Chief executive Ruediger Grube said Deutsche Bahn-Arriva would become one of just a few strong players in the rail, bus and logistics industries as Bahn expands internationally to take advantage of a more liberalized transport market in Europe.
“We intend to be the drivers and not the driven,” Grube said, adding that the deal was aimed at growth, not cost cuts.
Sunderland, Northeast England-based Arriva -- Britain’s third-biggest bus company, also runs franchises and other services in 12 European countries, making it one of the continent’s few stock-exchange listed transport operators with a wide international footprint.
Deutsche Bahn, already Europe’s biggest transport group, is looking to its transport and logistics businesses to boost revenues by 5 percent this year after the recession cut sales by 12 percent to 29 billion euros in 2009.
Grube said the German rail operator was determined to buy Arriva but was not prepared to enter a ruinous bidding war should another suitor emerge. France’s SNCF showed interest earlier this year but broke off talks in March.
Bahn’s offer values the share capital of Arriva at about 1.585 billion pounds ($2.4 billion).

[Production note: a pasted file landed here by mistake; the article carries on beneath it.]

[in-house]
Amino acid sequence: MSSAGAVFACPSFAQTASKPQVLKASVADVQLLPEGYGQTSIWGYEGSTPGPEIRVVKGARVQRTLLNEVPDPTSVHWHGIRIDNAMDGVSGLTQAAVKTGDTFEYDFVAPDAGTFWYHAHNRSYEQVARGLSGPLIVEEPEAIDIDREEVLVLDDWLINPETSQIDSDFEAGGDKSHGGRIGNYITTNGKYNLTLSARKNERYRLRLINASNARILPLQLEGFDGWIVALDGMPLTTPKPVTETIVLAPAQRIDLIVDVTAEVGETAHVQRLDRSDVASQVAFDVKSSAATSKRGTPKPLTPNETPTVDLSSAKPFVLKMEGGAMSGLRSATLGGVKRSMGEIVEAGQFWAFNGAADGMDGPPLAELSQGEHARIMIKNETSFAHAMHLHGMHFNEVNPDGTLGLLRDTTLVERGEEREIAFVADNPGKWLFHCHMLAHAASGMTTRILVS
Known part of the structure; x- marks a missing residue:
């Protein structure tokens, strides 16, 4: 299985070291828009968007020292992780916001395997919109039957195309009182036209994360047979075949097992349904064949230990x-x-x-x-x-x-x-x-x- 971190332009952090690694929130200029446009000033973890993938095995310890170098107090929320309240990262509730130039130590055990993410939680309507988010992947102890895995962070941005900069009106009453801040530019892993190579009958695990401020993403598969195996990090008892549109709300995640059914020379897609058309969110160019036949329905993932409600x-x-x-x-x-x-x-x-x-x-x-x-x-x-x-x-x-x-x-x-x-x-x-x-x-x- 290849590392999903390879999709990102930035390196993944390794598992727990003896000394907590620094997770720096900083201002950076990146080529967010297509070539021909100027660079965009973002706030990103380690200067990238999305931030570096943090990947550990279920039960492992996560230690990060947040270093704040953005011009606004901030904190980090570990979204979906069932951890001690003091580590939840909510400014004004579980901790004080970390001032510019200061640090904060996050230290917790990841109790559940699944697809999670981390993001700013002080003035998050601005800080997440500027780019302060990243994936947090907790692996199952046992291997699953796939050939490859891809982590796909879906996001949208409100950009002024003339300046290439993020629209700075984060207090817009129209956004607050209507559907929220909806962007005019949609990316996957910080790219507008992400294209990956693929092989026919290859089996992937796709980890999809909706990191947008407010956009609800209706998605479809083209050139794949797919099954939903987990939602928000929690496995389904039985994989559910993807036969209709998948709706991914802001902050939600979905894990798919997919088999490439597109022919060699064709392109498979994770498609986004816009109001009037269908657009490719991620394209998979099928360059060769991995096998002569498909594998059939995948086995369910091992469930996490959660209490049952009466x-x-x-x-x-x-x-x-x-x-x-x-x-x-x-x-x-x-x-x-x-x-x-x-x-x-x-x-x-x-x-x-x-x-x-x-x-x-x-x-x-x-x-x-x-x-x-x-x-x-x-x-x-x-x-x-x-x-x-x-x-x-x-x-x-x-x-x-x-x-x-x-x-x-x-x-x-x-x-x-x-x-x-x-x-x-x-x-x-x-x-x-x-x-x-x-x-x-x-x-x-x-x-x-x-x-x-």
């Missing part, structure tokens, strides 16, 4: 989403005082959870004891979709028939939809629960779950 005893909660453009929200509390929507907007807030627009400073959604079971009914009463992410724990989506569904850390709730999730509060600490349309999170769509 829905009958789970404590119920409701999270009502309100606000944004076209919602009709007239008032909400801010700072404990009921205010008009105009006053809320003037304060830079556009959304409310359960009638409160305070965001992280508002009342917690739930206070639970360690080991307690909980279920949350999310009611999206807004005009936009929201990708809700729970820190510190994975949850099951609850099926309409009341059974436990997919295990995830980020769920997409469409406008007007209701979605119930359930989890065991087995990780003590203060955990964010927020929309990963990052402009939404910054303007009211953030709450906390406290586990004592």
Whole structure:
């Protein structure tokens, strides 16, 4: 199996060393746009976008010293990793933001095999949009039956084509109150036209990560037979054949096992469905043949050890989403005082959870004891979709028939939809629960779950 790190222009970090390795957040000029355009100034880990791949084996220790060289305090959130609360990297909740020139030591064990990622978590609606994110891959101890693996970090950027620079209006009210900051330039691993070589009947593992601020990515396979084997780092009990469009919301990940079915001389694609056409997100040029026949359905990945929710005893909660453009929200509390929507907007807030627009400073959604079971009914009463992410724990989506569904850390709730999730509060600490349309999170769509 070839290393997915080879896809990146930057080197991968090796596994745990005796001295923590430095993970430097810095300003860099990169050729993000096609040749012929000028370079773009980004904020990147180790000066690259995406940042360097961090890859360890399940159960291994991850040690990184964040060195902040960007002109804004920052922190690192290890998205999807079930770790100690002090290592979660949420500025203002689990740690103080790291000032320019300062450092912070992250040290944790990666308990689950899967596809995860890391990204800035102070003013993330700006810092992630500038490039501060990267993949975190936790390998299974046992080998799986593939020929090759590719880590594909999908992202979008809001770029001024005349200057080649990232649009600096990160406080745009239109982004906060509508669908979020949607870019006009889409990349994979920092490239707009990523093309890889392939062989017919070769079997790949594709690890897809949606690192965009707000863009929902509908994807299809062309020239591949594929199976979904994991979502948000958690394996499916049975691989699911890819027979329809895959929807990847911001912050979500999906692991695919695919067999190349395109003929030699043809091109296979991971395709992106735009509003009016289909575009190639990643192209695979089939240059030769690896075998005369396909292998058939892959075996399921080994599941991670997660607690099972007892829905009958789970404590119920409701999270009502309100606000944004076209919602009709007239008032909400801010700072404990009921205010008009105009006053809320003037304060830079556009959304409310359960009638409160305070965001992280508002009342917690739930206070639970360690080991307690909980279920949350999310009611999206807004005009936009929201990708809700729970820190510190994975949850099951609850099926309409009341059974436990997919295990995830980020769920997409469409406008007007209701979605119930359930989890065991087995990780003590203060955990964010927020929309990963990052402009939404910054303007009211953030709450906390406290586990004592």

VERY FULL PRICE
Citi analyst Roger Elliott played down the likelihood of a wave of consolidation, saying that Deutsche Bahn was in a unique position.
“We see echoes of the pre-IPO acquisition spree of Deutsche Post in the late 1990s, similarly sanctioned by the sole state shareholder, to diversify away from a narrow core business increasingly exposed to competition,” he said in a note.
Elliott also said that unlike rivals, Deutsche Bahn had largely completed the global expansion of its freight business and that broadening its exposure to the European passenger network ahead of liberalization therefore made sense.
Deutsche Bahn’s Grube said the group would have to sell Arriva’s German rail activities to meet EU anti-trust rules.
The merger deal gives Arriva shareholders 775 pence in cash for each Arriva share they hold. They will also be entitled to a final dividend of 18.8 pence per share.
Elliott said the 775 pence offer, which is equal to 16 times estimated 2010 earnings, was a “very full price” relative to peers and based on Arriva’s own history.
Deutsche Bahn’s Grube earlier this week fended off criticism from politicians over the deal, which is the most expensive in the company’s history.
“If it was too expensive, we would not have done it,” Grube said, adding that the takeover would not cut Bahn’s plans to invest 41 billion euros ($55 billion) in service and quality improvements in Germany over the next five years.
Sources told Reuters earlier this week that the offer totaled 2.7 billion euros when Arriva’s debt was included.
Grube said a stock exchange listing for Deutsche Bahn remained an option but added it was unclear when it might take place.
Reporting by Paul Hoskins in London and Jonathan Gould in Frankfurt; Additional reporting by Markus Wacket in Berlin; Editing by Andrew Callus
Our Standards: The Thomson Reuters Trust Principles.